South Carolina watermelon producers now have information they need to make their 2017 crops more profitable with the release of the updated Watermelon Spray Guide for 2017, which includes updated recommendations for battling blight.
Released by the Clemson University Cooperative Extension Service, this guide provides growers with a look at some major diseases of watermelon leaves in the southeastern United States as well as a step-by-step guide to spraying.
Information in the guide comes from a study by Tony Keinath, , a professor of plant pathology at the Clemson Coastal Research and Education Center in Charleston; Gilbert Miller, an Extension horticulturist at the Clemson Edisto Research and Education Center in Blackville; and Clemson graduate student Gabriel Rennberger. Data was gathered from 57 fields in Allendale, Bamberg, Barnwell, Beaufort, Clarendon, Colleton and Hampton counties.
“Based on leaves collected in 57 commercial watermelon fields in 2015 and 2016, gummy stem blight and powdery mildew were the most common diseases found,” Keinath said. “The only major change to this year’s recommendations is an emphasis on systemic fungicides for managing gummy stem blight. I have preliminary data which shows the use of systemic fungicides not only reduces disease severity but also inhibits the formation of fungal spores to a greater extent than protectants.”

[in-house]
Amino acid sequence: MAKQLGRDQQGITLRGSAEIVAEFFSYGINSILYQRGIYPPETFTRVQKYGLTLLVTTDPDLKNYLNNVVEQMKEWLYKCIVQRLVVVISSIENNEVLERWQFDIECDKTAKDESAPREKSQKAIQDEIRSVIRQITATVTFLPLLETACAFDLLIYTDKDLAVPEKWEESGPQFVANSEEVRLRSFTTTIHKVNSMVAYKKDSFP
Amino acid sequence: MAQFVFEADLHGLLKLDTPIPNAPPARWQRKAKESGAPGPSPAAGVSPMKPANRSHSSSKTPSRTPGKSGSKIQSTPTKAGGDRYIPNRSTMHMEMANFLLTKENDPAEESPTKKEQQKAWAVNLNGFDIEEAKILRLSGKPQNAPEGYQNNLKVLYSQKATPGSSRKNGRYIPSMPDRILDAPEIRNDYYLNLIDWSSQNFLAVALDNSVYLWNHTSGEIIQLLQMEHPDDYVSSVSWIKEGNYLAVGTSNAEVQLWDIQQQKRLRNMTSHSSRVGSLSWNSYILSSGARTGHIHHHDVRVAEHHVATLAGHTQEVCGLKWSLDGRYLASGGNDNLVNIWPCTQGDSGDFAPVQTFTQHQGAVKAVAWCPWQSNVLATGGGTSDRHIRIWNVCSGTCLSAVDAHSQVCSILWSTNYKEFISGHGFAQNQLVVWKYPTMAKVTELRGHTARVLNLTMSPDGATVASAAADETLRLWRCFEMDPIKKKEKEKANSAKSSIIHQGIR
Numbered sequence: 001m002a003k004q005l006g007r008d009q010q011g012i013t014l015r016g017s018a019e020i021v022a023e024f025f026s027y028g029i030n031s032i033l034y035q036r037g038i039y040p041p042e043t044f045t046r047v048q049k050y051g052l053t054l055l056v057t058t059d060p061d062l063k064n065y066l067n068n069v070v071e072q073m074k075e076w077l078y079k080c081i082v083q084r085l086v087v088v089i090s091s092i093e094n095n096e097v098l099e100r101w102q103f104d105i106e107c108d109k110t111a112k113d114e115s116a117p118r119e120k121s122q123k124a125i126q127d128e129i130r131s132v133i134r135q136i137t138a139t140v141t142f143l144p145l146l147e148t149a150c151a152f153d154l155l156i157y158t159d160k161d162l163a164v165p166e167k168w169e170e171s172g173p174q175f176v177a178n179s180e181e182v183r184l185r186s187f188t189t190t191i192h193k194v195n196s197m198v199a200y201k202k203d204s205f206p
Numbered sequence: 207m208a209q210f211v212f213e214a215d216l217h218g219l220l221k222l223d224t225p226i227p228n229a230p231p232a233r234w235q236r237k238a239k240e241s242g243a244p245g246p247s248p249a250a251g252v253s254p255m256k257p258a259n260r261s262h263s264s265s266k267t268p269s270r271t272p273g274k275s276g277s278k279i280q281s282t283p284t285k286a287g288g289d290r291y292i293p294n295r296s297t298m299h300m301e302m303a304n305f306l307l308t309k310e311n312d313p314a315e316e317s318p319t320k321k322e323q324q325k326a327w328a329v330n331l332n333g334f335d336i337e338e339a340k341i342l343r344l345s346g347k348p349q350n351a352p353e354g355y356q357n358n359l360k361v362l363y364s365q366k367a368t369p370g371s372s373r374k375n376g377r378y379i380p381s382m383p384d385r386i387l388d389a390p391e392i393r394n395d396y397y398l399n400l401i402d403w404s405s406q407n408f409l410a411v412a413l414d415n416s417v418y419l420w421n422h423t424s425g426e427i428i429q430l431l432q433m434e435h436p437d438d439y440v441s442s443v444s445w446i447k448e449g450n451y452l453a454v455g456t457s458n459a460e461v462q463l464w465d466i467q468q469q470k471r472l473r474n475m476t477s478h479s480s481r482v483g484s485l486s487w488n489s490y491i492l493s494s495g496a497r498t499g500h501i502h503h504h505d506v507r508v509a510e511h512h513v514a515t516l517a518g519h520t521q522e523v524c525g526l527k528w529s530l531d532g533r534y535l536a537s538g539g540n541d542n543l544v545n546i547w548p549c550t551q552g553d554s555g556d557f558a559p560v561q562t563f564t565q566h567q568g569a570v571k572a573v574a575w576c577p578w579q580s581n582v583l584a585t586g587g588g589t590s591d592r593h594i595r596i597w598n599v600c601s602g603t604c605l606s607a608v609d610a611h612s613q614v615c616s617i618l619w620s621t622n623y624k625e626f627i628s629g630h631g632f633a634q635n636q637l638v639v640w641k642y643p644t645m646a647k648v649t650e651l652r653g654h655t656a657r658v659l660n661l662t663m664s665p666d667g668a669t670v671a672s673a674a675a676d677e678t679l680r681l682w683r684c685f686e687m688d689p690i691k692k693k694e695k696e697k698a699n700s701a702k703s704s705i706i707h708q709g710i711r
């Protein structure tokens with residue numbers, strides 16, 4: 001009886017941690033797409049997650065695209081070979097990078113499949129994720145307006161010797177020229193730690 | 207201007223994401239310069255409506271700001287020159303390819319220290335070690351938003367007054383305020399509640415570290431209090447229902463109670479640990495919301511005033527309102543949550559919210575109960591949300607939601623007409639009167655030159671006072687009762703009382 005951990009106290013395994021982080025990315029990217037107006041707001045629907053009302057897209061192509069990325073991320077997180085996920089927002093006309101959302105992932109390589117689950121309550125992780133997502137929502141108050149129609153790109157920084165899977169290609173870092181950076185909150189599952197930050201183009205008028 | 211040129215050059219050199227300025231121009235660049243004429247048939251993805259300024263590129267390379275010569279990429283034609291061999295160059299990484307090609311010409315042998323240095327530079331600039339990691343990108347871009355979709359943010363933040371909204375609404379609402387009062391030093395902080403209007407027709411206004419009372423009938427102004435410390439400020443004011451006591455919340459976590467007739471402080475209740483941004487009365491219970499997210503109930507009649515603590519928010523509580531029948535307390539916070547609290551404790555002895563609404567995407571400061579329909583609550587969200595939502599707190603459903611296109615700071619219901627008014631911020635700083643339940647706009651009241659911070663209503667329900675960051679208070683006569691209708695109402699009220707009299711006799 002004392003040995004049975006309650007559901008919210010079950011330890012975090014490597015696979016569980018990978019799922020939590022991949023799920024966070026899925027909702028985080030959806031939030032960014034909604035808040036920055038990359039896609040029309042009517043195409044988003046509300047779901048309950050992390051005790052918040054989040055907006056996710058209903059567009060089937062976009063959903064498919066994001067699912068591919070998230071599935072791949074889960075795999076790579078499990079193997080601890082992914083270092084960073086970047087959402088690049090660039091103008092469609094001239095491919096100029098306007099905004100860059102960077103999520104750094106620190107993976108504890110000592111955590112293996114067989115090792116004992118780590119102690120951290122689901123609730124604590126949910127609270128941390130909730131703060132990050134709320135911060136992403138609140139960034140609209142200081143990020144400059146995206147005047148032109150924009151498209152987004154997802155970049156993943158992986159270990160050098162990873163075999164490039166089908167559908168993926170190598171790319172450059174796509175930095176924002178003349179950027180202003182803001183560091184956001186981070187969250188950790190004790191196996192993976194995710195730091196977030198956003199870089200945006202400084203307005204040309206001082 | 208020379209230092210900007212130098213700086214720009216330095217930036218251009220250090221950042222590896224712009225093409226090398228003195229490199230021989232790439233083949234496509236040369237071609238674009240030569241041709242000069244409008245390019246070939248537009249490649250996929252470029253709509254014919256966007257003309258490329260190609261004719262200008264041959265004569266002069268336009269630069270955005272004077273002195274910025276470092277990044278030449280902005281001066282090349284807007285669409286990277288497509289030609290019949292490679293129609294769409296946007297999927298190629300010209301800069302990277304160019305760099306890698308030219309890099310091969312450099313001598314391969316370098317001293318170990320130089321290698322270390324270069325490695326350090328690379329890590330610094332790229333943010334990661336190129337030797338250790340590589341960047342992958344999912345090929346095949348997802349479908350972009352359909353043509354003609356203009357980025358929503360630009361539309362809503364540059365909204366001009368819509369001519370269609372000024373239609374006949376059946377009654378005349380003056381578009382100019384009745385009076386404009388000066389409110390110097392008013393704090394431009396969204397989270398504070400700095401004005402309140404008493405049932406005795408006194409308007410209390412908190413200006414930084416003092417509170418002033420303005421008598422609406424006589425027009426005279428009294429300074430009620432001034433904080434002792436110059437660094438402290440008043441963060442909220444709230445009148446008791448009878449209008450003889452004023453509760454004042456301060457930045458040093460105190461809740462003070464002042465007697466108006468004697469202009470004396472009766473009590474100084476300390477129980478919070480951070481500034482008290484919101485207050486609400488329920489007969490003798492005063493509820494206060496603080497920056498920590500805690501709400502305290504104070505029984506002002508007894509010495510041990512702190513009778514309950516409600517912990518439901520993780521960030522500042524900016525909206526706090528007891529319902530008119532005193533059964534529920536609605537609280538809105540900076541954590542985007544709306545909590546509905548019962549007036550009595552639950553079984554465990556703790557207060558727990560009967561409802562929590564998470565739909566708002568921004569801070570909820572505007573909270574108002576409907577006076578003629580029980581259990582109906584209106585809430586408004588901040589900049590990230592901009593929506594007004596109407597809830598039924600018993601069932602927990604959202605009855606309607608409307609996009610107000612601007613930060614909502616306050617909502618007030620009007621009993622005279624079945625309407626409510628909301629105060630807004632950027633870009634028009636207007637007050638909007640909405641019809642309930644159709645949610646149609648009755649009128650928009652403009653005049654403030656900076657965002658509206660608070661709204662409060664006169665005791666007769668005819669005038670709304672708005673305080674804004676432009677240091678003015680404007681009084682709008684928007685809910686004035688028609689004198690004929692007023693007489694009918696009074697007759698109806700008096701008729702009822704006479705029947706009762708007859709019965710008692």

Gummy stem blight produces large, round, target-shaped spots on the edges of leaves and cankers on the stem.
Downy mildew, powdery mildew and anthracnose also are addressed in the spray guide. Downy mildew begins as dark, irregular spots that spread quickly on watermelon plants’ leaves, causing them to curl.
Powdery mildew produces yellow spots on the tops of leaves and white powdery mildew on the undersides.
Both diseases can be detrimental to watermelon crops, Keinath said. Powdery mildew can lead to 43 percent fewer melons, while crops infected with downy mildew produce fruit with less sugar and plants may produce fewer melons. Both downy and powdery mildew can lead to sun burning and sun scalding of fruit not shaded by leaves.
Anthracnose starts as dark, irregular leaf spots with points resembling a star. This disease also affects vines and fruit. Fruit with any anthracnose spots are not marketable.
Spraying fungicides can help lessen the damage of these diseases on watermelon crops, Keinath said.
In addition to disease information, the Watermelon Spray Guide for 2017 features a step-by-step spraying guide, as well as fungicide programs for spring crops and fall crops. It can be found at http://bit.ly/2kRd7a8.
Keinath and Rennberger also have written the fact sheet Powdery Mildew on Watermelon to provide more information about the symptoms and signs of powdery mildew, as well as how it spreads. It lists fungicides to manage powdery mildew on watermelons. This fact sheet can be found at http://bit.ly/2l4x1tz.
Information from the South Carolina Department of Agriculture shows watermelons can be grown in all counties in South Carolina. Commercial production is centered in the Lowcountry and Sandhills regions. The watermelon planting season in South Carolina begins in late March in the Coastal Region.